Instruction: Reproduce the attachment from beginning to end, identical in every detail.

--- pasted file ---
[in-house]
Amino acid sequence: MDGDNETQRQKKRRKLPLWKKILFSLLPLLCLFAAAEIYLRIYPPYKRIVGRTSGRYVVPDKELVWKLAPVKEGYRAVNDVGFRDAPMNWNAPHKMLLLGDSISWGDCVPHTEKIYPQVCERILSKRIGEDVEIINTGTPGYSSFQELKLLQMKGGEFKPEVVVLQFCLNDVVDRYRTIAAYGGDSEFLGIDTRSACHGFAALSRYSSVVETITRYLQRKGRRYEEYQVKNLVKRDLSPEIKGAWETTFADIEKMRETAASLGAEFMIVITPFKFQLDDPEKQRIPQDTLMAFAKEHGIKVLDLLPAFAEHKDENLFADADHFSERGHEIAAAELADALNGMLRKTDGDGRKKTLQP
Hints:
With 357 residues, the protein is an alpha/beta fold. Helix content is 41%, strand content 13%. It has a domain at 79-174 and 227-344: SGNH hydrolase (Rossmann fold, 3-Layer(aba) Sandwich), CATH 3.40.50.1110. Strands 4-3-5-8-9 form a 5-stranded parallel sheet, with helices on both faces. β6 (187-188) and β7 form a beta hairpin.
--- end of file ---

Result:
[in-house]
Amino acid sequence: MDGDNETQRQKKRRKLPLWKKILFSLLPLLCLFAAAEIYLRIYPPYKRIVGRTSGRYVVPDKELVWKLAPVKEGYRAVNDVGFRDAPMNWNAPHKMLLLGDSISWGDCVPHTEKIYPQVCERILSKRIGEDVEIINTGTPGYSSFQELKLLQMKGGEFKPEVVVLQFCLNDVVDRYRTIAAYGGDSEFLGIDTRSACHGFAALSRYSSVVETITRYLQRKGRRYEEYQVKNLVKRDLSPEIKGAWETTFADIEKMRETAASLGAEFMIVITPFKFQLDDPEKQRIPQDTLMAFAKEHGIKVLDLLPAFAEHKDENLFADADHFSERGHEIAAAELADALNGMLRKTDGDGRKKTLQP
Hints:
With 357 residues, the protein is an alpha/beta fold. Helix content is 41%, strand content 13%. It has a domain at 79-174 and 227-344: SGNH hydrolase (Rossmann fold, 3-Layer(aba) Sandwich), CATH 3.40.50.1110. Strands 4-3-5-8-9 form a 5-stranded parallel sheet, with helices on both faces. β6 (187-188) and β7 form a beta hairpin.